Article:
* HSI ends flat on the day, up 0.6 pct on the week
* CSI300 up 2.1 pct on Fri, jumps 6.7 pct this week
* A-share premium returns after month-long hiatus
* China brokers, insurers lead afternoon A-share climb
* China property weak on fears of more curbs
By Clement Tan
HONG KONG, Feb 1 (Reuters) - China shares closed out their best week in 15 months, helped by an afternoon surge on Friday that also lifted the Hong Kong market from earlier losses rooted in news an official survey of manufacturing activity in China lagged expectations.
Markets began paring losses after a second, private survey by HSBC showed growth quickening to a two-year high in January. Both markets had started the day weaker after the official purchasing managers index (PMI) eased to 50.4 for January, below forecasts for a nine-month high of 50.9.
The Hang Seng Index closed flat on Friday, ekeing out a 0.6 percent gain this week. The China Enterprises Index of the top Chinese listings in Hong Kong climbed 0.7 percent on the day and 1.8 percent on the week.
Hong Kong turnover stayed under its average in the last month for a fifth-straight session ahead of the U.S. non-farm payrolls data later on Friday. Shanghai volume stayed relatively robust, picking up in the afternoon as investors chased gains in the brokerage sector.
In the mainland, the CSI300 of the top Shanghai and Shenzhen A-share listings ended up 2.1 percent on the day and 6.7 percent for the week. The Shanghai Composite Index climbed 1.4 percent on Friday and 5.6 percent this week.
The outperformance of onshore markets over offshore peers this week returned the Hang Seng China A-H Price Index above the 100 level only for the second day since mid-November, suggesting A shares are now trading at a slight premium over H shares.
“January data may have been skewed by some methodology issues, but if you look at the HSBC reading, which tends towards smaller enterprises, it actually suggests the uptrend is intact,” said Hong Hao, chief strategist at Bank of Communication International Securities.
For fund managers, “the greater dilemma is deciding how to deploy the increasing amount of money coming their way after such a big run up,” Hong said. “That is raising concern that we are due for a correction soon.”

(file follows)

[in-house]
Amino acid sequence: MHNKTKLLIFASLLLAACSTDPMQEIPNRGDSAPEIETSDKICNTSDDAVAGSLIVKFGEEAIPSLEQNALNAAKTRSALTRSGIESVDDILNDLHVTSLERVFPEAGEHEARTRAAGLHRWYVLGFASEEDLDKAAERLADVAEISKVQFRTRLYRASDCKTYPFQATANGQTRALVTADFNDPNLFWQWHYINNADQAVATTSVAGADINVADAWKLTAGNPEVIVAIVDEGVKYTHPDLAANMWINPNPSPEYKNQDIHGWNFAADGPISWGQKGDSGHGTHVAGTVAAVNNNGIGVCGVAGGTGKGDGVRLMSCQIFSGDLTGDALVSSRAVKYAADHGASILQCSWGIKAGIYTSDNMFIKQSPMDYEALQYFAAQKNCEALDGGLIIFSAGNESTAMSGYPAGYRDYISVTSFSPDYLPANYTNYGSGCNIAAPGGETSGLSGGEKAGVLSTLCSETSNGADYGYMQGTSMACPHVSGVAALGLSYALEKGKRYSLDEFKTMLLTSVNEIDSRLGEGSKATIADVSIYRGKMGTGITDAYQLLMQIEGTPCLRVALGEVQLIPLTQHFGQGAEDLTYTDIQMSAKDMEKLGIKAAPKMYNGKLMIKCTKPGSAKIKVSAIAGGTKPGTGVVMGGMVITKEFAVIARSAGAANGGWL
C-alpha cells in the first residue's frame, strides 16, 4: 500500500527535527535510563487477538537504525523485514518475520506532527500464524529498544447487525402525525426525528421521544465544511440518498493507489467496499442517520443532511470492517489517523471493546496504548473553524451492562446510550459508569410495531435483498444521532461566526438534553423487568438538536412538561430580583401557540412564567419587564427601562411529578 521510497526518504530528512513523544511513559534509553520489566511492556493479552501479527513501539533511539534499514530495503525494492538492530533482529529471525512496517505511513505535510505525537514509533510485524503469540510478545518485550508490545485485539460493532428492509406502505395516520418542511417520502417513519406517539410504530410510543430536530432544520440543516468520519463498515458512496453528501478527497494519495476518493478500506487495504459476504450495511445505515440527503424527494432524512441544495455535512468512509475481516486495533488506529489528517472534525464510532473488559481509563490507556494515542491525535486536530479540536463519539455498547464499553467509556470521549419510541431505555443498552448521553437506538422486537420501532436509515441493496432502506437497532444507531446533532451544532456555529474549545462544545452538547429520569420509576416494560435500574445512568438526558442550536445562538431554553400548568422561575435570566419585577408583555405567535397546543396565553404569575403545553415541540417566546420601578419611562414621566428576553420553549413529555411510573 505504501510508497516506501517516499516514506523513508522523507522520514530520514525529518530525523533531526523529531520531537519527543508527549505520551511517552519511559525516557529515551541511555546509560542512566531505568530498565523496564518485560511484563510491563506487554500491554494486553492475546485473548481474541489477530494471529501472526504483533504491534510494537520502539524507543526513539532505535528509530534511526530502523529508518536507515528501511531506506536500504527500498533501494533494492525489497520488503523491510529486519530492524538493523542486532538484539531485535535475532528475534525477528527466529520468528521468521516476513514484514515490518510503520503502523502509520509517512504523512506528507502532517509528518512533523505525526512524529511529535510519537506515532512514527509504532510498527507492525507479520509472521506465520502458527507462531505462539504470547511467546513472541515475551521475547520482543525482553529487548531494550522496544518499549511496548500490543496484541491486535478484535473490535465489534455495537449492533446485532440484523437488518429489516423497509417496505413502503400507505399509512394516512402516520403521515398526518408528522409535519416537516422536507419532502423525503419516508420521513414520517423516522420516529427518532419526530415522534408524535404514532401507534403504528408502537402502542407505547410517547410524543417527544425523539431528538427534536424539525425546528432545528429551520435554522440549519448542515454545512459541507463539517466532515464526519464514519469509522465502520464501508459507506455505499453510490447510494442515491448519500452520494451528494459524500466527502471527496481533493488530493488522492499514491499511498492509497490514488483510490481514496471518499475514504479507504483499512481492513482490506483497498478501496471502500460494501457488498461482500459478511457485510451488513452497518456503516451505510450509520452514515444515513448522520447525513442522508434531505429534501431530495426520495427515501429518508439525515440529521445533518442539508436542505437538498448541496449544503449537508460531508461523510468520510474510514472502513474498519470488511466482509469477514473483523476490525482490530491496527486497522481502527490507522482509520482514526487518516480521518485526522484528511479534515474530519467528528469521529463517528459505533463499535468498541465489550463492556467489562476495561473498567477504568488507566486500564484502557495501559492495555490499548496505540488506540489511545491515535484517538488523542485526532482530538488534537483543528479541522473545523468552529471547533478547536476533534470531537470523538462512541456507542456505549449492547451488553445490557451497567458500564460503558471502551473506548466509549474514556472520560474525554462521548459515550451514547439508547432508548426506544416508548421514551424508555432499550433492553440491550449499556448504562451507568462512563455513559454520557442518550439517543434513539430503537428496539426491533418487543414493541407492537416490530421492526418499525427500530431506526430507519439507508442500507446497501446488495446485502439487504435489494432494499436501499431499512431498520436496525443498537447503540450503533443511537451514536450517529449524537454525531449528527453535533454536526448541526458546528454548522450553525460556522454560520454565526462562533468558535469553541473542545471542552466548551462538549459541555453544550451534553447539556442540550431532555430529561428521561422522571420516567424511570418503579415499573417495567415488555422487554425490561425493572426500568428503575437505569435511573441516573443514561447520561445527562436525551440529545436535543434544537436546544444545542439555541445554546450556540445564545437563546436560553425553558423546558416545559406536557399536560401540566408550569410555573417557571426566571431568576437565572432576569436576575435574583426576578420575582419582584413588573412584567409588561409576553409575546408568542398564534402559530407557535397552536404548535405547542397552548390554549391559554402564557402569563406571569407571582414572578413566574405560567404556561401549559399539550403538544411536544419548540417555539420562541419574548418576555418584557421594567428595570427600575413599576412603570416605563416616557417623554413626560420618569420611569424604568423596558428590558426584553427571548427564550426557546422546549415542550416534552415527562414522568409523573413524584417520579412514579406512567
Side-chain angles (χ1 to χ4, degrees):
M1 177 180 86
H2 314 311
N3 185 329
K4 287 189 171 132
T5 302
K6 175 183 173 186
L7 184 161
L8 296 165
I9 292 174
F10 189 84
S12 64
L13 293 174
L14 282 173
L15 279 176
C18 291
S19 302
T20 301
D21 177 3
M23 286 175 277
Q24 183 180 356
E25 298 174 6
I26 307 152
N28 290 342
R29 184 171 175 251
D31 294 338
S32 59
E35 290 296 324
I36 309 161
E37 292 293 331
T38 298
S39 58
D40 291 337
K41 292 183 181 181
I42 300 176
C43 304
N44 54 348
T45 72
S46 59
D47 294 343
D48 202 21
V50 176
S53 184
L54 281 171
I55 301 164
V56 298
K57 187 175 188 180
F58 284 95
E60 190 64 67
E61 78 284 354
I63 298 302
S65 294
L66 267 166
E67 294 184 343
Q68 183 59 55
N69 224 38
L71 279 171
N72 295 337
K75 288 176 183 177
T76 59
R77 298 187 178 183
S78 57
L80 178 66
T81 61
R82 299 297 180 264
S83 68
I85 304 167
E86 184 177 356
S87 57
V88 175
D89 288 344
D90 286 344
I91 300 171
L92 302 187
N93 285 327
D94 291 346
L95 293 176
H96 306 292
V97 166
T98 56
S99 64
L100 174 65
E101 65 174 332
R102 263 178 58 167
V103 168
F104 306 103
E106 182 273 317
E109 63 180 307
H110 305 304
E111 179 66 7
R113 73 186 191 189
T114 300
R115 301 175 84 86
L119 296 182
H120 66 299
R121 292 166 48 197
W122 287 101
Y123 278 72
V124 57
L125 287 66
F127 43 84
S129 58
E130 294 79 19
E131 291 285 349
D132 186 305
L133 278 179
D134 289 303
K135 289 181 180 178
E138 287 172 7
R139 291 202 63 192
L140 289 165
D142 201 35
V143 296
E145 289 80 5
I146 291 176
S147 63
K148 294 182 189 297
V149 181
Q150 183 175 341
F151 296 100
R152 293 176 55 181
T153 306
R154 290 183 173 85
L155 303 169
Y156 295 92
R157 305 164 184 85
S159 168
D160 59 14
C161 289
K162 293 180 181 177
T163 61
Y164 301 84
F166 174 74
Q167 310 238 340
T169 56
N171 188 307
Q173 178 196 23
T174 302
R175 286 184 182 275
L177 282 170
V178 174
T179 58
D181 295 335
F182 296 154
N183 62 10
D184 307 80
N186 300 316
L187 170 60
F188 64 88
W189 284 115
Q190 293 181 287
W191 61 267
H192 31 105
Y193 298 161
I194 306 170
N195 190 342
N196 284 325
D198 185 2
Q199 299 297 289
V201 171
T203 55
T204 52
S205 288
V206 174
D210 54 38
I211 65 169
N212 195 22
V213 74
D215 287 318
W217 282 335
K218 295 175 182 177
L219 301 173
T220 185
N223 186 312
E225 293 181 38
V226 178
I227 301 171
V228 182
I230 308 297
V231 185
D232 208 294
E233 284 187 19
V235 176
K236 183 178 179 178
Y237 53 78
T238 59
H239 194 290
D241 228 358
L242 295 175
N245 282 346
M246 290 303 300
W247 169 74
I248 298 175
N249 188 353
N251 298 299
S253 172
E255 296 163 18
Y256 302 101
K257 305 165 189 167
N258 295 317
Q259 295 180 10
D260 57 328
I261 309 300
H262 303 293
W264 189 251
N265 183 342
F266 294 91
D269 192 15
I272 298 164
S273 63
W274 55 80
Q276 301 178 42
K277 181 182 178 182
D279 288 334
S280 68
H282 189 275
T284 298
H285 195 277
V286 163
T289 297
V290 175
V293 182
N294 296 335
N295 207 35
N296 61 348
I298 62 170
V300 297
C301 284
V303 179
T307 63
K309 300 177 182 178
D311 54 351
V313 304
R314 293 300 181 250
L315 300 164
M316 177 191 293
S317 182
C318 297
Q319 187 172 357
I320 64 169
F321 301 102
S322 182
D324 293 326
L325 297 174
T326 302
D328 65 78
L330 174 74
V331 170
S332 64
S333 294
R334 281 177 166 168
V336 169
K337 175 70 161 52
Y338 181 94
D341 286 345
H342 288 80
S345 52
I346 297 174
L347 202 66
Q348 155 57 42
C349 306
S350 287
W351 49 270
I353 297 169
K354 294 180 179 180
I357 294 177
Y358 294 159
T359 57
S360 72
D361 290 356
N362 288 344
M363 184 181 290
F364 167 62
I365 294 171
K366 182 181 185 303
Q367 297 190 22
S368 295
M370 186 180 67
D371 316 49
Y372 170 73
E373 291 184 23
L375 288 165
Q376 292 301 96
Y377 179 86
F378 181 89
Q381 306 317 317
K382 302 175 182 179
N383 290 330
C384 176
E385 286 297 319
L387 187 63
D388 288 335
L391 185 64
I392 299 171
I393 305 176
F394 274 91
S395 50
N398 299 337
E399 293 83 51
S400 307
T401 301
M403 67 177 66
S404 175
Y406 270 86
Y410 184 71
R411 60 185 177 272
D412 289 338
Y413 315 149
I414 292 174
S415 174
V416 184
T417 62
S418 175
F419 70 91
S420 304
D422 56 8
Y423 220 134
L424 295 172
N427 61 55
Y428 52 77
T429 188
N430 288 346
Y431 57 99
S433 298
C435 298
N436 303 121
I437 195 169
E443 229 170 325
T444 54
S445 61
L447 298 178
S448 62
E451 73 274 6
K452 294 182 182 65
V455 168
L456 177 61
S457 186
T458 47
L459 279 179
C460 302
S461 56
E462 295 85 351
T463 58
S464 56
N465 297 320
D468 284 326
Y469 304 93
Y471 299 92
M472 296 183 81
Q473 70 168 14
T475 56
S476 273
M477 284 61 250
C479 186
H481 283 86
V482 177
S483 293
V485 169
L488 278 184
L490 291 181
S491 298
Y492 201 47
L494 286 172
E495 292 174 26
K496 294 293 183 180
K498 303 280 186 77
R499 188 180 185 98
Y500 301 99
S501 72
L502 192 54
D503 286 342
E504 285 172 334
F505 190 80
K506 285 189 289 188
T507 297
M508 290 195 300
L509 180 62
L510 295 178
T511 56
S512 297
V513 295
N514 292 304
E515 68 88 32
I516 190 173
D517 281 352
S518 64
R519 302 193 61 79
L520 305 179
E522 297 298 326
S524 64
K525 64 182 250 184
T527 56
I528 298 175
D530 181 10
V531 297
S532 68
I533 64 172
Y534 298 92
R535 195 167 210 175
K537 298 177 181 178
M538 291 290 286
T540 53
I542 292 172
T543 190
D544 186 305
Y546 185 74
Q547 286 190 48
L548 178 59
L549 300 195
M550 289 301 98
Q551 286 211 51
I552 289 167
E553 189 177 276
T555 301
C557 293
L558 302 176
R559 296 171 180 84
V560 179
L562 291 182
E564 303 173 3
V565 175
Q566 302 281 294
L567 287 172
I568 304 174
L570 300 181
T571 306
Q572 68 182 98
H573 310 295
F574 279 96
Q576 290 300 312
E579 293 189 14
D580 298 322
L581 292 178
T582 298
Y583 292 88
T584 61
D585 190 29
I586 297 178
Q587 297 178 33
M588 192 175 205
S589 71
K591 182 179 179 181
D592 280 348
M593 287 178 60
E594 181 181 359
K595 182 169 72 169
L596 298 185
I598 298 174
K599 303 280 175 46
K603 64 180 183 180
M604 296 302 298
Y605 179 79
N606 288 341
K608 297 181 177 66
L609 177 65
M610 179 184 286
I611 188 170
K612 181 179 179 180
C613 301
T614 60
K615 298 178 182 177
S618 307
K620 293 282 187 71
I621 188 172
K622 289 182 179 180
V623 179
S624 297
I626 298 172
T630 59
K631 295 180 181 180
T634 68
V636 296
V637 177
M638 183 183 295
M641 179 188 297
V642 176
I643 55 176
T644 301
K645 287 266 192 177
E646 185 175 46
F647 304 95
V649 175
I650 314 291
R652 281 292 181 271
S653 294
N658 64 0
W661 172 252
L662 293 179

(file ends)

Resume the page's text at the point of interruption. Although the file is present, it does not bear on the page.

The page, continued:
Pointing to that likelihood, short selling accounted for about 9.6 percent of total turnover in Hong Kong on Friday, above the historical 8 percent average, traders said.
On Friday, Chinese brokerages and insurers were among the leading index boosts in the mainland after what a mid-sized mainland broker attributed to speculation that some restrictions on the sector may be lifted by end-March.
In Shanghai, Citic Securities climbed 3.7 percent while Haitong Securities spiked 5.4 percent. Their smaller rival Founder Securities surged by the maximum 10 percent limit.
Chinese insurers, considered a proxy play on the A-share market given their high level of investment, were also strong. New China Life Insurance rose by the maximum 10 percent limit, while Ping An Insurance jumped 5.3 percent.
Investors also chased gains for mid-sized Chinese banks. China Minsheng Bank gained 8.9 percent in Shanghai to complete its best week since April 2008, a 20.4 percent surge.
In Hong Kong, Minsheng rose 5.6 percent to hit a record closing high. It is now up 31.3 percent since the start of the year after a 33 percent gain in 2012.
Strength in the financial sector outweighed weakness in other growth-sensitive sectors hit by China’s underwhelming official manufacturing survey. Steel conglomerate Citic Pacific slid 1.1 percent in Hong Kong.
The Chinese property sector was weak after the official China Securities Journal newspaper reported that China will postpone expansion of a pilot programme to implement a property tax and that Beijing intends to keep a tight lid on the real estate market through other means in tier 1 cities.
A private survey showed average home prices in China’s 100 biggest cities rose 1 percent in January from December, further inflaming the day’s jitters.
China Vanke slipped 0.4 percent in Shenzhen, while in Hong Kong, China Resources Land fell 2.5 percent and China Overseas Land shed 2.3 percent.
Wynn Macau lost 2.3 percent, underperforming the Macau casino sector after getting hit by its parent company’s underwhelming quarterly earnings.
This was further aggravated by data showing Macau gambling revenue rose a lower-than-expected 7.3 percent from a year before.